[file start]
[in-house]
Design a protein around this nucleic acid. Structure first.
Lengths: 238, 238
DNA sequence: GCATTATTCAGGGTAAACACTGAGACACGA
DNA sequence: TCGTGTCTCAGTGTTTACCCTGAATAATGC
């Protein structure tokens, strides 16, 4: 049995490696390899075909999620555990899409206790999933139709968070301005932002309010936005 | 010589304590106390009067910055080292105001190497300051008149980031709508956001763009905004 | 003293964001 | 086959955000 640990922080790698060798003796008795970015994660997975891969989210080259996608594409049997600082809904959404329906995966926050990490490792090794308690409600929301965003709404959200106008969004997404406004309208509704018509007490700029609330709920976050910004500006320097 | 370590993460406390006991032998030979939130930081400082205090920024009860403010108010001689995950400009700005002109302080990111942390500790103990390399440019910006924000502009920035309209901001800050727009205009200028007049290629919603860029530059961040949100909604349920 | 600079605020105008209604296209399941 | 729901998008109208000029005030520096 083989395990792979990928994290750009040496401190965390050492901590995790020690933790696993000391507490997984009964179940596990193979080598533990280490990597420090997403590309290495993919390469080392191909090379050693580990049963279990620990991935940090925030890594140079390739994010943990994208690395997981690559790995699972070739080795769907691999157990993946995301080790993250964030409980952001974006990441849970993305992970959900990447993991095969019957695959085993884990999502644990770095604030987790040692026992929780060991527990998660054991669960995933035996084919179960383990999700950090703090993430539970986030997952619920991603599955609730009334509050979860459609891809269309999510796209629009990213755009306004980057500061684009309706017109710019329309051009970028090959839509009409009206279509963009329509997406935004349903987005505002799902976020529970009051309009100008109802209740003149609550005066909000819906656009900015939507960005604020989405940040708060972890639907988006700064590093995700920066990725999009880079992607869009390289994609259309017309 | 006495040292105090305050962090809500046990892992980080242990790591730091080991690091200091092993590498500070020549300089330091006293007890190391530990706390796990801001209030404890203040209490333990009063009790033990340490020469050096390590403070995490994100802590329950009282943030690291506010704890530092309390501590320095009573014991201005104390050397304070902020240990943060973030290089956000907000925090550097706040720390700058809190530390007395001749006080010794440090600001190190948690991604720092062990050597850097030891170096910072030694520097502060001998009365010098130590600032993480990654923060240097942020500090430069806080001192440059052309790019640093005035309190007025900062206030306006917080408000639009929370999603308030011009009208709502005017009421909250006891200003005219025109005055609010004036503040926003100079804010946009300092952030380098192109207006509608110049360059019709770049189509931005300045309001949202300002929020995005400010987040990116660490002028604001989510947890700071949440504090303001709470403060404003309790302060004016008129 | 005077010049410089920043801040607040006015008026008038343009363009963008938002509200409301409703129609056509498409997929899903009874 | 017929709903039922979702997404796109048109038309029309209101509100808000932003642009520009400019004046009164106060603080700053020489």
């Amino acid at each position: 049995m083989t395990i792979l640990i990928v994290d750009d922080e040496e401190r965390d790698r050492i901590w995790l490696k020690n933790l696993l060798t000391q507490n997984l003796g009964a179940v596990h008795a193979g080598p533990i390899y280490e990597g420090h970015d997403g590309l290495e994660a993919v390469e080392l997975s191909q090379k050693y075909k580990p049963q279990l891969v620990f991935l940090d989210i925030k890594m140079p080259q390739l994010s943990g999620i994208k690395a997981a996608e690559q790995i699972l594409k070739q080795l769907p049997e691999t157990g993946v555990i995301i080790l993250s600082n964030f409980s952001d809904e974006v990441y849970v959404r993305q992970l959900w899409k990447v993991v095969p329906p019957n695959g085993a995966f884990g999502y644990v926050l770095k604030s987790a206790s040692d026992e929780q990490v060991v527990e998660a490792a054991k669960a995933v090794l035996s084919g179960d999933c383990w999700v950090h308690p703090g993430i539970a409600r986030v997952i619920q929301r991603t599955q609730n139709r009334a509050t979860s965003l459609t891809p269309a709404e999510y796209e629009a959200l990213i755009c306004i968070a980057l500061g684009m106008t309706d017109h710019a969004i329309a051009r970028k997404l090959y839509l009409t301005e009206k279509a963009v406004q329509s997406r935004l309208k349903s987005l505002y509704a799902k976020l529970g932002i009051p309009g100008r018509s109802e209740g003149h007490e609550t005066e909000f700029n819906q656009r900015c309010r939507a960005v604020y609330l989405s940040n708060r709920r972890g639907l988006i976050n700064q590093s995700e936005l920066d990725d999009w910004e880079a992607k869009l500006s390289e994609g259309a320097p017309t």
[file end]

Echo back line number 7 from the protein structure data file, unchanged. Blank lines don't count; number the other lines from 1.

């Amino acid at each position: 049995m083989t395990i792979l640990i990928v994290d750009d922080e040496e401190r965390d790698r050492i901590w995790l490696k020690n933790l696993l060798t000391q507490n997984l003796g009964a179940v596990h008795a193979g080598p533990i390899y280490e990597g420090h970015d997403g590309l290495e994660a993919v390469e080392l997975s191909q090379k050693y075909k580990p049963q279990l891969v620990f991935l940090d989210i925030k890594m140079p080259q390739l994010s943990g999620i994208k690395a997981a996608e690559q790995i699972l594409k070739q080795l769907p049997e691999t157990g993946v555990i995301i080790l993250s600082n964030f409980s952001d809904e974006v990441y849970v959404r993305q992970l959900w899409k990447v993991v095969p329906p019957n695959g085993a995966f884990g999502y644990v926050l770095k604030s987790a206790s040692d026992e929780q990490v060991v527990e998660a490792a054991k669960a995933v090794l035996s084919g179960d999933c383990w999700v950090h308690p703090g993430i539970a409600r986030v997952i619920q929301r991603t599955q609730n139709r009334a509050t979860s965003l459609t891809p269309a709404e999510y796209e629009a959200l990213i755009c306004i968070a980057l500061g684009m106008t309706d017109h710019a969004i329309a051009r970028k997404l090959y839509l009409t301005e009206k279509a963009v406004q329509s997406r935004l309208k349903s987005l505002y509704a799902k976020l529970g932002i009051p309009g100008r018509s109802e209740g003149h007490e609550t005066e909000f700029n819906q656009r900015c309010r939507a960005v604020y609330l989405s940040n708060r709920r972890g639907l988006i976050n700064q590093s995700e936005l920066d990725d999009w910004e880079a992607k869009l500006s390289e994609g259309a320097p017309t």